Celtic coinage is very varied. Collectors and researchers are therefore constantly surprised by new types of coins that broaden our knowledge of Celtic coinage. Many types and denominations of Celtic coins only exist in the form of a few specimens. For a number of coins, it is not even clear when and where they were minted. Collecting Celtic coins can therefore become a great collecting adventure.
In the 28th auction an exceptional small Celtic silver coin will be auctioned as item No. 10. It is an obol minted sometime in the late 3rd or early 2nd century BC, almost certainly in the territory of south-western Slovakia. It was published by Ručka in as early as 2012 (Folia Numismatica 26/2, p. 127), but it has never been auctioned. It is not even listed in the popular collector’s catalogue of Kostur and Gášpár from 2018. The coin can be attributed to the Slovak Celts primarily on the basis of the artistic design of its obverse side. It is completely identical to the horse/horse type obols. A horse/horse type obol was published in 1933 by Rudolf Paulsen in his major work Die Münzprägungen der Boier. He classified it, without further comment, as Boii coinage or related coinage; he knew of a specimen found in central Czechia at the Stradonice oppidum. A small number of horse/horse type coins have been found in recent decades in Moravia. Notably, four specimens from the Němčice settlement have been published (Kolníková 2012). Of course, the coins made their way to Moravia and Czechia in ancient times through trade, but they were undoubtedly minted in the territory of south-western Slovakia, an area where there have been dozens of finds of individual coins. A larger number of found specimens come, for example, from the vicinity of the village of Tvrdošovce near Nitra (Budaj – Furugláš, Bazovský, Čambal 2019). Horse/horse type obols were undoubtedly minted in large quantities, as there are a number of pictorial variants indicating the large number of dies used and the long period of minting. It is not entirely clear whether these obols can be assigned to a specific type of tetradrachm, as a small denomination within a single coin series produced under a single minting authority. Most likely, they can be associated with rare tetradrachms of the Slovak type (Ručka 2012).
The reverse of the auctioned obol is quite unique
Although it also depicts a horse, it clearly differs from the usual design of horse/horse type obols. It shows a very finely drawn horse in a graceful dynamic stance. Above the horse, there is an unclear symbol in a circle and below the horse, there is a line of tiny beads. There is also a T-shaped sign under the horse’s tail. The whole design is precisely executed in terms of craftsmanship and style and speaks to the extraordinary skills of the die maker. Analogies to the reverse image of this rare obol can be found on East Celtic silver tetradrachms of various types from the wider Danube region. Noticeable pictorial elements include in particular the linearly elongated head, the distinctly curled body, the circular symbol above the horse, the bead line below the horse and the letter-shaped sign. This stylistic proximity, however, is only indicative of the sharing of pictorial designs within the wider East Celtic area; the reverse of the obol cannot be assigned to any particular coinage, even in terms of place and time of minting.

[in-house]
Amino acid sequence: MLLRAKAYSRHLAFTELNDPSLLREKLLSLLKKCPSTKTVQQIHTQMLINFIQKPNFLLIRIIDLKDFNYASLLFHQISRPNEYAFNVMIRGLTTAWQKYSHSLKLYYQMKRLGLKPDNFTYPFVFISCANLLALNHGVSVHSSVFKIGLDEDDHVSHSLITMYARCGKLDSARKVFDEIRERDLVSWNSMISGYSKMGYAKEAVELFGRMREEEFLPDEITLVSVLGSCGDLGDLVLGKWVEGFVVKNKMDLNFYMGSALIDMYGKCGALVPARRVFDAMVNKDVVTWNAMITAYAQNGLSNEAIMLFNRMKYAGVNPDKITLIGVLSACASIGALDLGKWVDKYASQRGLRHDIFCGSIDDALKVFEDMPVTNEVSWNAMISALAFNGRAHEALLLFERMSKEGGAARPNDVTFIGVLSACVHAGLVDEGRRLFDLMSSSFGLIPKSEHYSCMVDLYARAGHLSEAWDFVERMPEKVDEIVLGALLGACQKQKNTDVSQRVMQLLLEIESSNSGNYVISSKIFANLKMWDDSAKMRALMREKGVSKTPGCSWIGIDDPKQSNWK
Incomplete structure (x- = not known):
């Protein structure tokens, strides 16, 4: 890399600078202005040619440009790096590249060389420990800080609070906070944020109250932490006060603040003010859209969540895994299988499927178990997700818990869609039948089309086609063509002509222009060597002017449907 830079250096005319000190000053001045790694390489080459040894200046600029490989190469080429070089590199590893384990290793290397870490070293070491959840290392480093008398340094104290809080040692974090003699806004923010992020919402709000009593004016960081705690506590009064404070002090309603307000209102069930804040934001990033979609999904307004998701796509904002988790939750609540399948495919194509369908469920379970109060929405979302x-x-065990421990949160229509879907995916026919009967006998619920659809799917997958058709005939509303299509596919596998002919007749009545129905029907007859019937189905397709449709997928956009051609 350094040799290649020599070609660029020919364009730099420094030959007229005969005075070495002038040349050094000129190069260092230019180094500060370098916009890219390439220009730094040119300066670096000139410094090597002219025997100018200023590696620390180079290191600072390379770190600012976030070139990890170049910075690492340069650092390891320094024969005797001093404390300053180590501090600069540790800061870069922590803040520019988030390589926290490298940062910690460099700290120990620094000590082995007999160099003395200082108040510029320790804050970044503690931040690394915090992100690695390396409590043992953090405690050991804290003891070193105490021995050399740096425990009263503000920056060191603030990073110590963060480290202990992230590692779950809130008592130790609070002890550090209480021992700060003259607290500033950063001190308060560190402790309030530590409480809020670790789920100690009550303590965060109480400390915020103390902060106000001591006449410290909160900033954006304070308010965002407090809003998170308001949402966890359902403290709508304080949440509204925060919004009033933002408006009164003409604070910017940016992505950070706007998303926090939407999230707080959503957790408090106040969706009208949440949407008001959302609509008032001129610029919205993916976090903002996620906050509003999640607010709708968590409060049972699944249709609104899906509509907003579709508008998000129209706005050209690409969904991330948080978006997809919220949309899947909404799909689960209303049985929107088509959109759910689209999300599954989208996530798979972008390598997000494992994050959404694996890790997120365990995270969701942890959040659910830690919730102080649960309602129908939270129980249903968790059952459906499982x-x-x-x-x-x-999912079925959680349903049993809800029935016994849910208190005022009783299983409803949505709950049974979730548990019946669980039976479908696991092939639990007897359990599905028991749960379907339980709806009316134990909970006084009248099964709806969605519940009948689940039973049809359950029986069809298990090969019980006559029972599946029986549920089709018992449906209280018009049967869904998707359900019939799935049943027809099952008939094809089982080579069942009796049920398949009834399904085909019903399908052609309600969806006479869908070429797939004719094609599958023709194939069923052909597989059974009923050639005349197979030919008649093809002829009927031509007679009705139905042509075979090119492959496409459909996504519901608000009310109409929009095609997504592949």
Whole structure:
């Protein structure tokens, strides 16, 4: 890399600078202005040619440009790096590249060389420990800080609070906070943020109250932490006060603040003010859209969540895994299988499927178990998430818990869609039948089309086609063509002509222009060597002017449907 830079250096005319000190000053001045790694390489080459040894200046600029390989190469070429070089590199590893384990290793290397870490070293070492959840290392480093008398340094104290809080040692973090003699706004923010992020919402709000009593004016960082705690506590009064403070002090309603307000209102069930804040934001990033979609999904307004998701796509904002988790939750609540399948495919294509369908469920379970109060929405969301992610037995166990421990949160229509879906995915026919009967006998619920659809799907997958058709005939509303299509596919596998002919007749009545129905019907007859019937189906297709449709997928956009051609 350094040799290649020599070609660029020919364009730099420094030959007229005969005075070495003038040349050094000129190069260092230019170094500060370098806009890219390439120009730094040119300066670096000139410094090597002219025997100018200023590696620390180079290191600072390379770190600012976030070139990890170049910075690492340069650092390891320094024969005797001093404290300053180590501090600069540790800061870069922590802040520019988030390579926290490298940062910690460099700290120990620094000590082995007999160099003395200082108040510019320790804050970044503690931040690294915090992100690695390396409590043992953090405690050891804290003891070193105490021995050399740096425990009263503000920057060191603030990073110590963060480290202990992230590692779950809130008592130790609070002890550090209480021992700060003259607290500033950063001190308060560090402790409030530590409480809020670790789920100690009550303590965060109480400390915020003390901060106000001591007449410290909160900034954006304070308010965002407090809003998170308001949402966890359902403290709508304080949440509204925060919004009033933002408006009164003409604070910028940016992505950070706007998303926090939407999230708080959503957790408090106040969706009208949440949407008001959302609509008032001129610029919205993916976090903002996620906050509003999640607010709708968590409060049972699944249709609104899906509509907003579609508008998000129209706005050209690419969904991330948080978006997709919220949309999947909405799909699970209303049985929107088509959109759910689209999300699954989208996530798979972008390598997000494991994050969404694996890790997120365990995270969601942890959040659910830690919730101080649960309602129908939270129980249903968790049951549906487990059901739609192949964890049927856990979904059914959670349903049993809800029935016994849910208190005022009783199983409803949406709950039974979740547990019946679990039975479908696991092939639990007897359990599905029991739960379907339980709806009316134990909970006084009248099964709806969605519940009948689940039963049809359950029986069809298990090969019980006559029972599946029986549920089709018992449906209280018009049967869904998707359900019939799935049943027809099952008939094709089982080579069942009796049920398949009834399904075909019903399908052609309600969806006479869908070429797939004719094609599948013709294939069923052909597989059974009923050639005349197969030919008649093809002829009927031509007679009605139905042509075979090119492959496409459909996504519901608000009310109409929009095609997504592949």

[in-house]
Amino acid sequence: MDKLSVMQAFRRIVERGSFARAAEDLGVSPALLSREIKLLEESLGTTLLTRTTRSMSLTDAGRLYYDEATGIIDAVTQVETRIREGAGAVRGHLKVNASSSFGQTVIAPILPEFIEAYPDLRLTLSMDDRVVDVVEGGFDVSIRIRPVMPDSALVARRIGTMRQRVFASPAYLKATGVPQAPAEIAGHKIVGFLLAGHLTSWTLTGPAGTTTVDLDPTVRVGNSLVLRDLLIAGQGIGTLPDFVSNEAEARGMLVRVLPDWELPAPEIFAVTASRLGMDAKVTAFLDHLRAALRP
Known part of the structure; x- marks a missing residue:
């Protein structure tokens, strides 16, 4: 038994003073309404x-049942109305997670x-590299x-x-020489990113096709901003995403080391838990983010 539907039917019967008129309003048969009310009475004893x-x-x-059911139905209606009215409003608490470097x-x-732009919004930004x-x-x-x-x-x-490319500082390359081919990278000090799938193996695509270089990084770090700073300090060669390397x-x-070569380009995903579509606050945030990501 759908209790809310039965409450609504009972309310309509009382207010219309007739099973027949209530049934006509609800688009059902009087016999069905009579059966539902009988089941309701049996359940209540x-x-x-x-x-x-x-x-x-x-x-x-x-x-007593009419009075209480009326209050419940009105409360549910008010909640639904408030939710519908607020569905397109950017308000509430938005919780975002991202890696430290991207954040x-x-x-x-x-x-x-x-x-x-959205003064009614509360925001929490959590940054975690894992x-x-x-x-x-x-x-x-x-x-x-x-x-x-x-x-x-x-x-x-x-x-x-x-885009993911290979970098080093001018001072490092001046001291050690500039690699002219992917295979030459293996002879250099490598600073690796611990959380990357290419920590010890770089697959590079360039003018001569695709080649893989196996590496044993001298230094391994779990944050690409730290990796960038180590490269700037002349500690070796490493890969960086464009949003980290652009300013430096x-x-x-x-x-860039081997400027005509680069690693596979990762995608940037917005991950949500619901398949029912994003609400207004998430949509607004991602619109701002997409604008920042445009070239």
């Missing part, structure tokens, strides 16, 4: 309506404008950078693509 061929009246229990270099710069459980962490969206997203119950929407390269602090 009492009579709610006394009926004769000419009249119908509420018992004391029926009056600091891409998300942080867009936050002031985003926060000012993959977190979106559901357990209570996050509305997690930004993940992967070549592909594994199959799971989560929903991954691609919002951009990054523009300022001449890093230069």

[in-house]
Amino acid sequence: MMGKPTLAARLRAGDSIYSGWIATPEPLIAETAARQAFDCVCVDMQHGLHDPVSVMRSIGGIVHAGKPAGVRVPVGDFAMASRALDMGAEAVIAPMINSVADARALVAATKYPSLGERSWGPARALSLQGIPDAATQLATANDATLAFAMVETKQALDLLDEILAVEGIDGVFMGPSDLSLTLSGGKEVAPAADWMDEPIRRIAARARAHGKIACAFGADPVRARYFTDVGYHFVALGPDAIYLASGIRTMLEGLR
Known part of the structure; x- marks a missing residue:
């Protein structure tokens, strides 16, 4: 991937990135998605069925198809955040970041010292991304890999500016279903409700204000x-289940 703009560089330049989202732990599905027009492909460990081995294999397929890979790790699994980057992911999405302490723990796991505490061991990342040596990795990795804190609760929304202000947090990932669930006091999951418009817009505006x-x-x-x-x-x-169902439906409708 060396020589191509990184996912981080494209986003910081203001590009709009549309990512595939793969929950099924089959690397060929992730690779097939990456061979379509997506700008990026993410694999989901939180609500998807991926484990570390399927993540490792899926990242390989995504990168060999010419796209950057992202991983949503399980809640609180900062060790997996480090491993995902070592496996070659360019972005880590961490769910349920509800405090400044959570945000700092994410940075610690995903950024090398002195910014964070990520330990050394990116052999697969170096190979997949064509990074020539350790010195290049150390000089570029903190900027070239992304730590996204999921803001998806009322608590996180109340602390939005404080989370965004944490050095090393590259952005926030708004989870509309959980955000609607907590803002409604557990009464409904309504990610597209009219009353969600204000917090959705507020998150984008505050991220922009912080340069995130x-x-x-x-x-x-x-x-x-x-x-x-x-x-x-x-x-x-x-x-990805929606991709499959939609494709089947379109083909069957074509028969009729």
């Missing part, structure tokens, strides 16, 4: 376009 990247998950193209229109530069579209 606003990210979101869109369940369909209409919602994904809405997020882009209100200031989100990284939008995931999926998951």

The coin weighs 0.81 g, while the specimen published by Ručka weighs 0.79 g. These weights are at the upper end of the range of usual weights for horse/horse type obols. The high quality and stylistic purity of the two known specimens may suggest that this is a coin from the early period of horse/horse type obols or even a type of obol whose minting immediately preceded the horse/horse type obols.
AUTHOR: Tomáš Smělý, auction specialist
Tomáš is an auction guarantor for Celtic, Greek, and Roman coins, as well as Czech medieval coins and Habsburg coins until 1657 (with the exception of Transylvanian and Hungarian coinage), and also a guarantor for foreign coins up to the middle of the 17th century. He became acquainted with numismatics thanks to his grandfather, who, once retired, devoted his free time to collecting coins. During his grandson’s frequent visits, he introduced him to his modest collection and led him to read numismatic literature. Since then, Tomáš has been heavily involved in numismatics, even at an academic research level. He regularly lectures at conferences in the Czech Republic and abroad, and publishes scholarly articles. He is considered one of the leading experts in Central European Celtic coinage and Czech coinage of the 16th and early 17th centuries.